“This has exposed me to the types of problems I want to tackle,” he said. “But more importantly, it has introduced me to the people I want to tackle those problems with.”
Mahesh and his lab colleagues have formed fast friendships, forged by struggling together through the daily trial-and-error of research. “You run the program and pray, and run it and pray,” he said. “These are the people you want to be up with until 3 a.m., until the program runs successfully.”
Mahesh estimates that he puts in about 30 hours a week at the lab in addition to his coursework, but he says it’s time well spent. "I'm excited to use machine learning to tackle these scientific research questions," said Mahesh. “It’s so different from homework, where the focus is answering someone else’s question.”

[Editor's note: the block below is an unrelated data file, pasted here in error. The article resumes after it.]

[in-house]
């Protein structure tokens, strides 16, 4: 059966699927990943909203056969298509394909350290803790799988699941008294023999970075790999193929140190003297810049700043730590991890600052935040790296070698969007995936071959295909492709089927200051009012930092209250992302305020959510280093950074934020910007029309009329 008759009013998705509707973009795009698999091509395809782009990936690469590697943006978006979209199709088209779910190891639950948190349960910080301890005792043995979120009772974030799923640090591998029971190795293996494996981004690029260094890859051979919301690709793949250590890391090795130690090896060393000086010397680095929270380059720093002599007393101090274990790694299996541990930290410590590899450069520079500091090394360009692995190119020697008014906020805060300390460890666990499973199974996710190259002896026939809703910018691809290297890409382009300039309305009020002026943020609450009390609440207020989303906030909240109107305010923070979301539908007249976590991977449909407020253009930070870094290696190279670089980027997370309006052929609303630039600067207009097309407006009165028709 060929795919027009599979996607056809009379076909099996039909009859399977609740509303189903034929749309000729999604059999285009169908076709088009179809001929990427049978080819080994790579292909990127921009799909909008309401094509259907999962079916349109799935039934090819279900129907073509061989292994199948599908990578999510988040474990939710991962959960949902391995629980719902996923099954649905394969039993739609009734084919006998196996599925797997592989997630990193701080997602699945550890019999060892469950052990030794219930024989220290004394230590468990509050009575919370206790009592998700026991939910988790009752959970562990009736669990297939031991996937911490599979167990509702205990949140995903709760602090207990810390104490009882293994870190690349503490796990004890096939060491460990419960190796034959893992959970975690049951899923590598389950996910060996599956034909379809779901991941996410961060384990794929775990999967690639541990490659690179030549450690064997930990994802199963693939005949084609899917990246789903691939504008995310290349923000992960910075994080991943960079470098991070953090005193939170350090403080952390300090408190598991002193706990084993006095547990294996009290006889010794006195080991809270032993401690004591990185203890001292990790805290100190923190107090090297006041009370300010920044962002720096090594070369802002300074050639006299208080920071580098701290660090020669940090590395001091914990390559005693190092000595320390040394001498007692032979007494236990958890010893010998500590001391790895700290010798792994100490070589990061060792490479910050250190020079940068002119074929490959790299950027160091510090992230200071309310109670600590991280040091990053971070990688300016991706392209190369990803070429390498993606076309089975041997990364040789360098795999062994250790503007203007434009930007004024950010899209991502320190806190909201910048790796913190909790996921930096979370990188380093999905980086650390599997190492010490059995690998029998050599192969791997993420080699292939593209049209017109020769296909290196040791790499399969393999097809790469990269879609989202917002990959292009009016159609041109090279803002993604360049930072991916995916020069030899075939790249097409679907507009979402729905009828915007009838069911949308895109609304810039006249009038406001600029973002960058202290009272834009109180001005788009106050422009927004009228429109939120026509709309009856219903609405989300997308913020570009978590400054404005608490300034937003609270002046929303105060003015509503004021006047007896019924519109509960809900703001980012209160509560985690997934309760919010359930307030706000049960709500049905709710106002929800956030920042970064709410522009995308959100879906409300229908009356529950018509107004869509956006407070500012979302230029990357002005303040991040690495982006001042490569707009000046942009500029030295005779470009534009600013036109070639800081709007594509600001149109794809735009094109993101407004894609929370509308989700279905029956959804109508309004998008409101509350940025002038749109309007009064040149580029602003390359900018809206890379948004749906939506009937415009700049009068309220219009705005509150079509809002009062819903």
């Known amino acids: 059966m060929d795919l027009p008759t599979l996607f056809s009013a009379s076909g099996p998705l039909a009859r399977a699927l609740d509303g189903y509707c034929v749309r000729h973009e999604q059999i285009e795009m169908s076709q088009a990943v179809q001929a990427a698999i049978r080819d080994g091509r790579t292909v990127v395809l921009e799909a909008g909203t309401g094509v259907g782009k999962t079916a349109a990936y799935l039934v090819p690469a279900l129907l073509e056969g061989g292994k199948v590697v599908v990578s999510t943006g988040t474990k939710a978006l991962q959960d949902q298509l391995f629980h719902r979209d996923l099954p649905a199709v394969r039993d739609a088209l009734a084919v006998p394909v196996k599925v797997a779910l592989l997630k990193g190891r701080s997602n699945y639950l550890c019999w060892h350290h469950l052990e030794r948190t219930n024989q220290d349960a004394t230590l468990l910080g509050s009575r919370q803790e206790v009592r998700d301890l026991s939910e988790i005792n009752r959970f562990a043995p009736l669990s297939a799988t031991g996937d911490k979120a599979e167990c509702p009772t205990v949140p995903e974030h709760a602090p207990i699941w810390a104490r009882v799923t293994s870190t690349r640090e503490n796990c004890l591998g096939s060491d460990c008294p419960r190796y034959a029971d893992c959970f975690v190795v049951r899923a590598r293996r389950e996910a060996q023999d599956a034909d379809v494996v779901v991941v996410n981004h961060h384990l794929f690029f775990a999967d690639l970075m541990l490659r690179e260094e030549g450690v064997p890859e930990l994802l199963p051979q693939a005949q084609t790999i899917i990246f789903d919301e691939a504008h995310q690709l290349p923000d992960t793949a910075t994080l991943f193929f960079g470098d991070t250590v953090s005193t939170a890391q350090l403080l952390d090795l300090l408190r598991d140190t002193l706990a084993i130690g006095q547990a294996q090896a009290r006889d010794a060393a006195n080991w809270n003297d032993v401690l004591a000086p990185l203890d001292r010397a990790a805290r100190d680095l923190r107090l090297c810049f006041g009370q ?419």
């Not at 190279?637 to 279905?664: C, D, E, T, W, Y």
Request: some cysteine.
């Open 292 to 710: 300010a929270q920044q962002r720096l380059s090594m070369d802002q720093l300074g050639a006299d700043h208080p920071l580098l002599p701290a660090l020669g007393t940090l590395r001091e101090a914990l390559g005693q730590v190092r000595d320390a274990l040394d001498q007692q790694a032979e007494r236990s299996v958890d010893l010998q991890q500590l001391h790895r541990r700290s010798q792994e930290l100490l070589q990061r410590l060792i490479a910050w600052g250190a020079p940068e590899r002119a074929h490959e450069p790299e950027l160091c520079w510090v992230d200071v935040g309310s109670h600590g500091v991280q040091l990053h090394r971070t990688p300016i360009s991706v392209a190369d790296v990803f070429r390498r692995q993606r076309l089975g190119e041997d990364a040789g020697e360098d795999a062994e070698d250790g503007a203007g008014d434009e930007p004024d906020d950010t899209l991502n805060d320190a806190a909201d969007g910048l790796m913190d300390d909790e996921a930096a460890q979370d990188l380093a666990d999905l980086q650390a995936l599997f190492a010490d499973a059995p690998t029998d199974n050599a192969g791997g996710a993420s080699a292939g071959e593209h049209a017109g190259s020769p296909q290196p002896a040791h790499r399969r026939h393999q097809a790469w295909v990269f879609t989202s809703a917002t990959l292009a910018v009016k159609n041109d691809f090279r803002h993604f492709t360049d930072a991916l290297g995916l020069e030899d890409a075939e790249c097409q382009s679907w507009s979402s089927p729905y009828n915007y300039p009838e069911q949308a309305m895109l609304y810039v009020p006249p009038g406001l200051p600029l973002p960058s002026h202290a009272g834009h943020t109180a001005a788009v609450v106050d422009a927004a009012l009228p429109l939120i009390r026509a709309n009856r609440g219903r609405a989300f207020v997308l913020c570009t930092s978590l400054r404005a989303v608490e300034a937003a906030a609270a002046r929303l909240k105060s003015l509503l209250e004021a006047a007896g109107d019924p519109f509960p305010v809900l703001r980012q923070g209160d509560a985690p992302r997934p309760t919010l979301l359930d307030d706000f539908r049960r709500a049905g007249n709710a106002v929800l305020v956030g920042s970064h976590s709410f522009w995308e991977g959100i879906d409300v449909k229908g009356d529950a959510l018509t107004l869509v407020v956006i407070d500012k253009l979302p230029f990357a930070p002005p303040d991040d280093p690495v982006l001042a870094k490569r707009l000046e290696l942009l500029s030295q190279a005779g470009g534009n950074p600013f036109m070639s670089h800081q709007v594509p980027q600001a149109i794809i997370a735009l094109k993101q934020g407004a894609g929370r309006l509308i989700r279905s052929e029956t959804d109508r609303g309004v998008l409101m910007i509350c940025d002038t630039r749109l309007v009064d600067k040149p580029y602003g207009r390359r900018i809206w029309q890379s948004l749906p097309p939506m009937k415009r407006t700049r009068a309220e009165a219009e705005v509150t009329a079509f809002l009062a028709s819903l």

Insight into why emigrants flee their homes
Mina Hanin hardly spoke English when he came to the U.S. from Egypt as a teenager. Now, he speaks it fluently enough to eloquently share his research, which focuses on the unrest and political violence it takes to spur large numbers of emigrants to leave their homes.
When Hanin was 16, his mother was the victim of an acid attack by a group of religious extremists. He and his family fled the country, leaving all their belongings and their livelihoods behind. The teenager never really understood they weren’t going back until his parents enrolled him in the local high school in Rancho Cucamonga.
Now Hanin, the eldest of three children, is the one helping his family adjust to this new world.
“Back in Egypt my parents were taking care of me,” said Hanin. “Coming here, it has been me taking care of them.”